How to Upgrade PHP on Debian 9 10 11

Upgrade or Install PHP 8.1 on Debian running Apache2

This tutorial shows how to install or upgrade PHP 8.1 quick and easy for Apache web server running on Debian 9 or Debian 10 and Debian 11. PHP is the widely used server scripting language for dynamic and interactive websites and content management systems.

5 steps to perform PHP 8.1 for Apache2 on Debian.

1. Updating Debian as root

$ su -
$ apt update
$ apt upgrade -y && reboot

2. Add SURY PHP PPA Repository

SURY is a third-party repository that offers current PHP versions for Debian GNU/Linux, which is added as root.

$ apt -y install lsb-release apt-transport-https ca-certificates
$ wget -O /etc/apt/trusted.gpg.d/php.gpg
$ echo "deb $(lsb_release -sc) main" | tee /etc/apt/sources.list.d/php.list

3. Installing PHP 8.1 on Debian

$ apt update
$ apt -y install php8.1
$ update-alternative --set php /usr/bin/php8.1

More than one PHP version can be installed on the system, run update-alternatives --set php [version] to enable a Version.

4. Install Important Modules for PHP 8.1 on Debian

$ apt -y install php8.1-cli php8.1-curl php8.1-gd php8.1-intl php8.1-mbstring php8.1-mysql php8.1-opcache php8.1-readline php8.1-xml php8.1-xsl php8.1-zip php8.1-bz2

5. Making PHP 8.1 module for Apache available

$ apt -y install libapache2-mod-php8.1
$ systemctl reload apache2

Finish! the installation is done. If you want to know which installed PHP version and modules are actually available, the next section shows.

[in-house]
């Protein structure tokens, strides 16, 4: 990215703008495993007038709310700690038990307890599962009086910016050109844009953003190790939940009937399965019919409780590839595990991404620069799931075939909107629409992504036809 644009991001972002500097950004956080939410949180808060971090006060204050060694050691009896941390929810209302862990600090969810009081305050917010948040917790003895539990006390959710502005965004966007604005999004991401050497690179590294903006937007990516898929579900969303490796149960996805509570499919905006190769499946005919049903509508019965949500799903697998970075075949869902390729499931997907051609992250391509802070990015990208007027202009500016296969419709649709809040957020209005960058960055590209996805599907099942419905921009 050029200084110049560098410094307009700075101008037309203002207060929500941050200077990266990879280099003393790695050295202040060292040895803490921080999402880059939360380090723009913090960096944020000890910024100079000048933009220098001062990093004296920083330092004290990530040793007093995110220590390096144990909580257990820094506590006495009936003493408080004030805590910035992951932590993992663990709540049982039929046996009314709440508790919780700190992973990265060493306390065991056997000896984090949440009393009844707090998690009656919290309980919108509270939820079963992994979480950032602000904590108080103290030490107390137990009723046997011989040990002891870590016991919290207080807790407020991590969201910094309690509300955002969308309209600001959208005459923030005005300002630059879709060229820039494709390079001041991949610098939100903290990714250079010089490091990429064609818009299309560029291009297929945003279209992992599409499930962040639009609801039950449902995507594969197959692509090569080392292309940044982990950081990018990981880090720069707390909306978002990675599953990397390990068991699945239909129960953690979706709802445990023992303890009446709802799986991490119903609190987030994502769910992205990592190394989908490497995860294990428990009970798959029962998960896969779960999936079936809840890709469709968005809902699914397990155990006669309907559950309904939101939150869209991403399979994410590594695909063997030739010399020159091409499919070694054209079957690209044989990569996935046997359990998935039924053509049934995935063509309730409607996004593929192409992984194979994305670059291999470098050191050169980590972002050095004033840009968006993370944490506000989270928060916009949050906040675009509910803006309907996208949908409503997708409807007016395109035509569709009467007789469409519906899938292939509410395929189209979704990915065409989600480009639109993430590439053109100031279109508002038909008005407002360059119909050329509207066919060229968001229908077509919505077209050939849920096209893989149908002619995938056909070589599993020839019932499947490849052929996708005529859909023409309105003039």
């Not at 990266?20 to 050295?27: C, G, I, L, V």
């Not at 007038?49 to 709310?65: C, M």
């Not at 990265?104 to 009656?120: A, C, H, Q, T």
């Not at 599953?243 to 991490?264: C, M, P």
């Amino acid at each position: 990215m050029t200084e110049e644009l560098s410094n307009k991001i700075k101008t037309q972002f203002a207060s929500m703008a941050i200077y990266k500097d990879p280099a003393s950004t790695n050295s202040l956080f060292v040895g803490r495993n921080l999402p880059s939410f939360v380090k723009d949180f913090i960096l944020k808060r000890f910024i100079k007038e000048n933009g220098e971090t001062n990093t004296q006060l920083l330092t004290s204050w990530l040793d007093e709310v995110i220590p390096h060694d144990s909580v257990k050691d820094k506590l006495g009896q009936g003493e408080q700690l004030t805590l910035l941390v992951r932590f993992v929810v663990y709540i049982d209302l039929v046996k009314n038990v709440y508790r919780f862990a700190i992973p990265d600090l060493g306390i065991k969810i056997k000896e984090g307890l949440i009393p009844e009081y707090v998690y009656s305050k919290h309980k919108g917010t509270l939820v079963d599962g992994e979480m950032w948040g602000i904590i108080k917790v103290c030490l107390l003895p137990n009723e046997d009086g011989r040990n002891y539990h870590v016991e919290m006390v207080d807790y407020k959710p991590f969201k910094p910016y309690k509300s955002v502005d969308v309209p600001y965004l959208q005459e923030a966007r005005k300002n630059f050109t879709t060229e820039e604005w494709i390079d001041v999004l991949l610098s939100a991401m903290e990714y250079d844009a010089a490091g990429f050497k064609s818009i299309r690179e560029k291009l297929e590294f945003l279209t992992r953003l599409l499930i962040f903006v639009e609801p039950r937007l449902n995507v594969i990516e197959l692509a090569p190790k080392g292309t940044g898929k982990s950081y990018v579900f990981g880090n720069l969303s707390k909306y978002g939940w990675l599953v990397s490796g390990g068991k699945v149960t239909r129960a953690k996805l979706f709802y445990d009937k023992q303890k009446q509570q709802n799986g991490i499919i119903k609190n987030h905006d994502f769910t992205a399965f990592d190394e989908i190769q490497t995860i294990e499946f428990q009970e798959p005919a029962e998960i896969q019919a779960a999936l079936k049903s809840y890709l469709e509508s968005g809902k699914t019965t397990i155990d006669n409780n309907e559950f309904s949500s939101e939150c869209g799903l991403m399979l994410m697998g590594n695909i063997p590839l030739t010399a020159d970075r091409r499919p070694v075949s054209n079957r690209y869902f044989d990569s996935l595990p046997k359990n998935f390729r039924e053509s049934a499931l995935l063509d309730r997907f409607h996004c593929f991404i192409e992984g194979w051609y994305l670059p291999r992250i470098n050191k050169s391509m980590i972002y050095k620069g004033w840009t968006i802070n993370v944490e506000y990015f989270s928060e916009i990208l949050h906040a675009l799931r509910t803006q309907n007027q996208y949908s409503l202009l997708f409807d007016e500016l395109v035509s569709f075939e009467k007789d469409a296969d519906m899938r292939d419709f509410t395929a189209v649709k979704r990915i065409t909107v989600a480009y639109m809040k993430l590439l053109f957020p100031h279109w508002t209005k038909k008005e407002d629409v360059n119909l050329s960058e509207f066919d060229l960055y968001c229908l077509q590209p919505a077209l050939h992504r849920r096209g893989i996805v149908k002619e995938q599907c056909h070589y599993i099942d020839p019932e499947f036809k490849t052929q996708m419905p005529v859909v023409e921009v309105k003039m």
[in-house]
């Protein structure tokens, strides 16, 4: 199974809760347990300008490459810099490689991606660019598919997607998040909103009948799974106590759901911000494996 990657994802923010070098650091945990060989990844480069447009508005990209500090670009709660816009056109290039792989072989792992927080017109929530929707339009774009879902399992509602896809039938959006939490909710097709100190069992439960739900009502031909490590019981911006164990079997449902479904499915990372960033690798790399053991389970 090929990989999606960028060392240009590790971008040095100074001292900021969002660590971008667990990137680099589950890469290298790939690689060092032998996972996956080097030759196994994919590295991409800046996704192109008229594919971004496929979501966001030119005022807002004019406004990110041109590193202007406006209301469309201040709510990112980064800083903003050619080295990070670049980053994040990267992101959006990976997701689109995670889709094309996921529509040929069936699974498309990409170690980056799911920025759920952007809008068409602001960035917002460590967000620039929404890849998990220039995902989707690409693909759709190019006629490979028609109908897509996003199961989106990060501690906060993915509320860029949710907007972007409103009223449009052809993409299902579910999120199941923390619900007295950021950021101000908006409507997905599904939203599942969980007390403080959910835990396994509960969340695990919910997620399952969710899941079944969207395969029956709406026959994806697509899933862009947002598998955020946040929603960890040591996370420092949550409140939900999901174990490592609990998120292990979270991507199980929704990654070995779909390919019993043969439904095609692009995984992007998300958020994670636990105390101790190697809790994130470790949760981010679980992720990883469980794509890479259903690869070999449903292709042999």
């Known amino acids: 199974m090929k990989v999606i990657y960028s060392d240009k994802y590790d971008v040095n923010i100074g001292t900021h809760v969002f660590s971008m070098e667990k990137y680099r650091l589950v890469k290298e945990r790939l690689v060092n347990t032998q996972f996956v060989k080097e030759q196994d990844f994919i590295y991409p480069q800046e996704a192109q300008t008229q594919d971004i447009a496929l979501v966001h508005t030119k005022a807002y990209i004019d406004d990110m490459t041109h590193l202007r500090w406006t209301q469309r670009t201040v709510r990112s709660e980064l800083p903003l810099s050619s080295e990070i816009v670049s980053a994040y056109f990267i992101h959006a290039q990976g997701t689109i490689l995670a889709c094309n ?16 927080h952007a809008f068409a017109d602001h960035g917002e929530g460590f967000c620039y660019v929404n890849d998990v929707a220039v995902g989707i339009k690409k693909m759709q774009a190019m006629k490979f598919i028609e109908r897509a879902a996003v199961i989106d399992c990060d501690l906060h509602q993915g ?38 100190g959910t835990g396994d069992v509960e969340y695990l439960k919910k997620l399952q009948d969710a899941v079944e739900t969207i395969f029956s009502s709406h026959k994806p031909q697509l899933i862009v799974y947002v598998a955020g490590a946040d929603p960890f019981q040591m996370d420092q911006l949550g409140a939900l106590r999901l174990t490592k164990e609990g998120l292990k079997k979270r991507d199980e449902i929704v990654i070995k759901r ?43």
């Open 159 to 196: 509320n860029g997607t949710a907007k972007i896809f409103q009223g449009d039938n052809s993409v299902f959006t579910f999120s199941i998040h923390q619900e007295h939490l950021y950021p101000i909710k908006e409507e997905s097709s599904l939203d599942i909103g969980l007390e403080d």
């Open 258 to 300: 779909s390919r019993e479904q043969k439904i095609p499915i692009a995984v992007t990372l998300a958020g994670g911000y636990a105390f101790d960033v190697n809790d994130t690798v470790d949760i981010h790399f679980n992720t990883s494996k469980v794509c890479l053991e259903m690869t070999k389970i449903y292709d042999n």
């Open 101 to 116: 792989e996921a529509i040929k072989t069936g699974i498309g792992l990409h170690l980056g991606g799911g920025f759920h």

Check the current PHP version

$ php -v
PHP 8.1.1 (cli) (built: Dec 20 2021 21:33:24) (NTS)
Copyright (c) The PHP Group
Zend Engine v4.1.1, Copyright (c) Zend Technologies
    with Zend OPcache v8.1.1, Copyright (c), by Zend Technologies

Show current PHP configuration

The current PHP settings are displayed by creating a .php-file with the following content, to output the detailed settings in the web browser.


Save the file as phpinfo.php in the “/html” directory. Then open the newly created .php-file in a web browser.

view phpinfo in web browser
Image: http://my-domain/phpinfo.php

The system-wide PHP settings can be found under the path /etc/php, for modification using Apache 2 edit the php.ini file.

$ vi /etc/php/8.1/apache2/php.ini

If you do not see the installed php version, may the apache php module need to change to the desired version, run the apache helper command in the terminal, replace the version you have instead, like here php.7.3 in this example.

$ a2dismod php7.4
$ a2enmod php8.1
$ systemctl restart apache2

Verify the running php module with view the phpinfo.php from the web browser.

The PHP modules available for Apache 2 can find in the Apache web server path under /etc/apache2/mods-available.

$ ll /etc/apache2/mods-available/php*
-rw-r--r-- 1 root root 855 Jul  5  2020 /etc/apache2/mods-available/php7.3.conf
-rw-r--r-- 1 root root 102 Jul  5  2020 /etc/apache2/mods-available/php7.3.load
-rw-r--r-- 1 root root 855 Dec 20 22:32 /etc/apache2/mods-available/php7.4.conf
-rw-r--r-- 1 root root 102 Dec 20 22:32 /etc/apache2/mods-available/php7.4.load
-rw-r--r-- 1 root root 855 Dec 20 22:32 /etc/apache2/mods-available/php8.1.conf
-rw-r--r-- 1 root root 101 Dec 20 22:32 /etc/apache2/mods-available/php8.1.load

Disable an Apache 2 module with a2dismod, use a2enmod to enable. The apt info command provides information about module information.

$ apt info libapache2-mod-php8.1